The Blythes Are Quoted

Penguin Modern Classics Edition

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On sale Jul 03, 2018 | 544 Pages | 9780735234680
With an Afterword by Elizabeth Rollins Epperly
 
L.M. Montgomery won the world over with the young, tenacious Anne and her adventures. Now, in the last book she completed shortly before her death in 1942, we remember the beloved author and her enduring literary legacy.

Edited and introduced by Benjamin Lefebvre, this final book consists of Montgomery’s final sequel to her internationally bestselling Anne of Green Gables. In an unusual twist to her writing style, Montgomery employs a mix of stories, poems, and vignettes, not telling one particular narrative but instead presenting snapshots of new and familiar residents of Glen St. Mary, of Anne and her family, and of their discussions around the poems composed by Anne and later by her son Walter.

In these final glimpses of characters known the world over, Montgomery offers readers a parting gift, a final farewell from herself, and from Anne.
Lucy Maud Montgomery (1874-1942) was born in the village of Clifton (now New London) on Prince Edward Island in Canada. She was brought up by her grandparents after her mother died when she was two. Later her father moved away to Saskatchewan, where he remarried, and when she spent some months in his new home she was not happy. 'I do not think', she wrote, 'that the majority of grownups have any real conception of the tortures sensitive children suffer over any marked difference between themselves and the other denizens of their small world.'

While working as a reporter for the Halifax Daily Echo, she wrote Anne of Green Gables in the evenings over a period of eighteen months and when it was rejected by four publishers she put it away for two years. Then she revised it and a Boston publisher accepted it at once. When it appeared in 1908 the book proved so popular that ever afterwards she felt constrained by the public's constant demand for more stories about Anne. She did write five sequels – as well as many other novels – and they made her rich, but none reached the classic status of the first.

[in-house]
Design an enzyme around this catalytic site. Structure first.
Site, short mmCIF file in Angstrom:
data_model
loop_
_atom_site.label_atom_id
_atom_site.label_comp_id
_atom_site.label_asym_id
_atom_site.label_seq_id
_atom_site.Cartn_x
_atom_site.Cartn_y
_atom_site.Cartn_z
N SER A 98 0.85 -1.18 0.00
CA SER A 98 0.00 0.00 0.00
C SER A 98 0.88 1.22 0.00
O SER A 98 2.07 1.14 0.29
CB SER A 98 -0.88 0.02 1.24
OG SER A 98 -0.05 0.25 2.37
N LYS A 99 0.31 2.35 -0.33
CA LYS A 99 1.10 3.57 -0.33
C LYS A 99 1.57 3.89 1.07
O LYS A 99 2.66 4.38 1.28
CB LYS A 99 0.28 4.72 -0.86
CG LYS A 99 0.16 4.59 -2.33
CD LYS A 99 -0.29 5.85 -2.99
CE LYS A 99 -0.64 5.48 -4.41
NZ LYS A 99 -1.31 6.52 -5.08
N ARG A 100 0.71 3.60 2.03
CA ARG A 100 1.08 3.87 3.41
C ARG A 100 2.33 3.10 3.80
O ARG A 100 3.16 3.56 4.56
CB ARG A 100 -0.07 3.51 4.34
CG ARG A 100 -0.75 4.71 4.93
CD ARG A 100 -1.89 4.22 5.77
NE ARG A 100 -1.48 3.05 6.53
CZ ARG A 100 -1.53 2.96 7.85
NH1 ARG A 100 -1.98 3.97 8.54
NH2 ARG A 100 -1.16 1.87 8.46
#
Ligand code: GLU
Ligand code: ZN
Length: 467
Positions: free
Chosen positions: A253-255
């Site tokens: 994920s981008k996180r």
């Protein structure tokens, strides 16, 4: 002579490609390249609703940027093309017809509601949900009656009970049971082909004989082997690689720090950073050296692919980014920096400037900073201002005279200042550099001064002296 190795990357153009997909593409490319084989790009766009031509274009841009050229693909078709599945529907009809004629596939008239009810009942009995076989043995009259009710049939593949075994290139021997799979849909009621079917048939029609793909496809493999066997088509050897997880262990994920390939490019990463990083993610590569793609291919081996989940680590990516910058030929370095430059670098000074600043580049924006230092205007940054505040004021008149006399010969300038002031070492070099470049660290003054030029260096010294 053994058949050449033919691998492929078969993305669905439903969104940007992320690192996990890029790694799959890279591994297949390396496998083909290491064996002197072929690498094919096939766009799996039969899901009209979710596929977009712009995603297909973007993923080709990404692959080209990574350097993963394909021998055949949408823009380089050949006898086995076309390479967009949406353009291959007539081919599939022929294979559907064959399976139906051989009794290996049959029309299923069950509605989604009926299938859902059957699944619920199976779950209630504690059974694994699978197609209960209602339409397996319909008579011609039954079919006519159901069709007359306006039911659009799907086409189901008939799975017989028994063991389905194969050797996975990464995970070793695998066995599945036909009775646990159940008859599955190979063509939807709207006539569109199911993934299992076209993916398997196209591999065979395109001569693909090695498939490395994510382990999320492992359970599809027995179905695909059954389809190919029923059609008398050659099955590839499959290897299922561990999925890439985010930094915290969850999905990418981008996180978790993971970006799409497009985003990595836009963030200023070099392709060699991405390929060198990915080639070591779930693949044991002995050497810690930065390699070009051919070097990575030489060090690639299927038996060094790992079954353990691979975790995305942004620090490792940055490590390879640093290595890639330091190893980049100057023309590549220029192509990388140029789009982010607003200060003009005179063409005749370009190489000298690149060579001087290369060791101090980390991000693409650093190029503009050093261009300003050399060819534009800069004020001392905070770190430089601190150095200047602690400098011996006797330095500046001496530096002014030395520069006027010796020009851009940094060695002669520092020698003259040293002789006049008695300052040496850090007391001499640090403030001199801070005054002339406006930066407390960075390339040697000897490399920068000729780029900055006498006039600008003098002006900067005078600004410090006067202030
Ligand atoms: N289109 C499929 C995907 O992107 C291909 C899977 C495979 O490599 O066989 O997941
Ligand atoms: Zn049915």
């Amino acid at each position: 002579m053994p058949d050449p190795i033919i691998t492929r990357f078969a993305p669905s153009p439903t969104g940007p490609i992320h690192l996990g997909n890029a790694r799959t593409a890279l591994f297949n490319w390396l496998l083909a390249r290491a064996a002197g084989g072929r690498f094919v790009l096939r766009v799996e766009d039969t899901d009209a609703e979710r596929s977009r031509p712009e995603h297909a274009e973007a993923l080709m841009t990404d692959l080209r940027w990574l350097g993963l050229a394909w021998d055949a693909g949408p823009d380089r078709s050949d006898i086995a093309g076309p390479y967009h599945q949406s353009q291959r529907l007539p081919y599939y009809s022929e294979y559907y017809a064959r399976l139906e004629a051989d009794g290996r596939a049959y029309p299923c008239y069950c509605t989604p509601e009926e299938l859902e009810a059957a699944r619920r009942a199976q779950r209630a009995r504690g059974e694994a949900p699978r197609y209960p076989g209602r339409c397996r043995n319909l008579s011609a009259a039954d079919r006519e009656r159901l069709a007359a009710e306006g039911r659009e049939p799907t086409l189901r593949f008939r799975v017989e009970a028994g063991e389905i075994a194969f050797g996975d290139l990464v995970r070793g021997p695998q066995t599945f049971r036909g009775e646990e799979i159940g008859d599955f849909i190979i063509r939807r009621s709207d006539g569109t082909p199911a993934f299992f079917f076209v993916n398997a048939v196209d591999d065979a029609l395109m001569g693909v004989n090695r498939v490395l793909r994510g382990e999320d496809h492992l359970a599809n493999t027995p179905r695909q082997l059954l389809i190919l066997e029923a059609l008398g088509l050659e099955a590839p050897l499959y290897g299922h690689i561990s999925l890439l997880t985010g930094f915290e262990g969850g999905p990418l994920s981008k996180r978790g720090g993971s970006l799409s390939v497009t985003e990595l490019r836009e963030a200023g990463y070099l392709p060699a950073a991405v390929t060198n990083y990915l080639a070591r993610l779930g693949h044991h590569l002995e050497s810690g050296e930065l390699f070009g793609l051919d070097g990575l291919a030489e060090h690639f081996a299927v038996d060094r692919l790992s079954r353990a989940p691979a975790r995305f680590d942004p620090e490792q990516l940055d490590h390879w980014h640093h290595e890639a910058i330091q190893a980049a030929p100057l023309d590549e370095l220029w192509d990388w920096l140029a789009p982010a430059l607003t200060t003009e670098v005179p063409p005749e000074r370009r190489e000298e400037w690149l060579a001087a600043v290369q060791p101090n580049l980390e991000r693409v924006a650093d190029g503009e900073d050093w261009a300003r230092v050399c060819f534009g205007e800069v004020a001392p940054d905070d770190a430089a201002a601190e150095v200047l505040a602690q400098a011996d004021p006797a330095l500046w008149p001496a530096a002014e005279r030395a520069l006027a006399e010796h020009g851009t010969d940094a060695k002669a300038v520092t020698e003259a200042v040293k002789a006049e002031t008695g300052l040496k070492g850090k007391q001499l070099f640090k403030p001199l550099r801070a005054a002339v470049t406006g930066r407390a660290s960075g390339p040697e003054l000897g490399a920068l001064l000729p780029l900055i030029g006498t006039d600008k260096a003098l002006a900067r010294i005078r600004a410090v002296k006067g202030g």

In 1911 she married Ewan Macdonald. She had two sons; she enjoyed fame and was made an Officer of the Order of the British Empire in 1935. She died in Toronto in 1942 and was buried in Cavendish Cemetery, not far from her birthplace. View titles by L. M. Montgomery

About

With an Afterword by Elizabeth Rollins Epperly
 
L.M. Montgomery won the world over with the young, tenacious Anne and her adventures. Now, in the last book she completed shortly before her death in 1942, we remember the beloved author and her enduring literary legacy.

Edited and introduced by Benjamin Lefebvre, this final book consists of Montgomery’s final sequel to her internationally bestselling Anne of Green Gables. In an unusual twist to her writing style, Montgomery employs a mix of stories, poems, and vignettes, not telling one particular narrative but instead presenting snapshots of new and familiar residents of Glen St. Mary, of Anne and her family, and of their discussions around the poems composed by Anne and later by her son Walter.

In these final glimpses of characters known the world over, Montgomery offers readers a parting gift, a final farewell from herself, and from Anne.

Author

Lucy Maud Montgomery (1874-1942) was born in the village of Clifton (now New London) on Prince Edward Island in Canada. She was brought up by her grandparents after her mother died when she was two. Later her father moved away to Saskatchewan, where he remarried, and when she spent some months in his new home she was not happy. 'I do not think', she wrote, 'that the majority of grownups have any real conception of the tortures sensitive children suffer over any marked difference between themselves and the other denizens of their small world.'

While working as a reporter for the Halifax Daily Echo, she wrote Anne of Green Gables in the evenings over a period of eighteen months and when it was rejected by four publishers she put it away for two years. Then she revised it and a Boston publisher accepted it at once. When it appeared in 1908 the book proved so popular that ever afterwards she felt constrained by the public's constant demand for more stories about Anne. She did write five sequels – as well as many other novels – and they made her rich, but none reached the classic status of the first.

In 1911 she married Ewan Macdonald. She had two sons; she enjoyed fame and was made an Officer of the Order of the British Empire in 1935. She died in Toronto in 1942 and was buried in Cavendish Cemetery, not far from her birthplace. View titles by L. M. Montgomery

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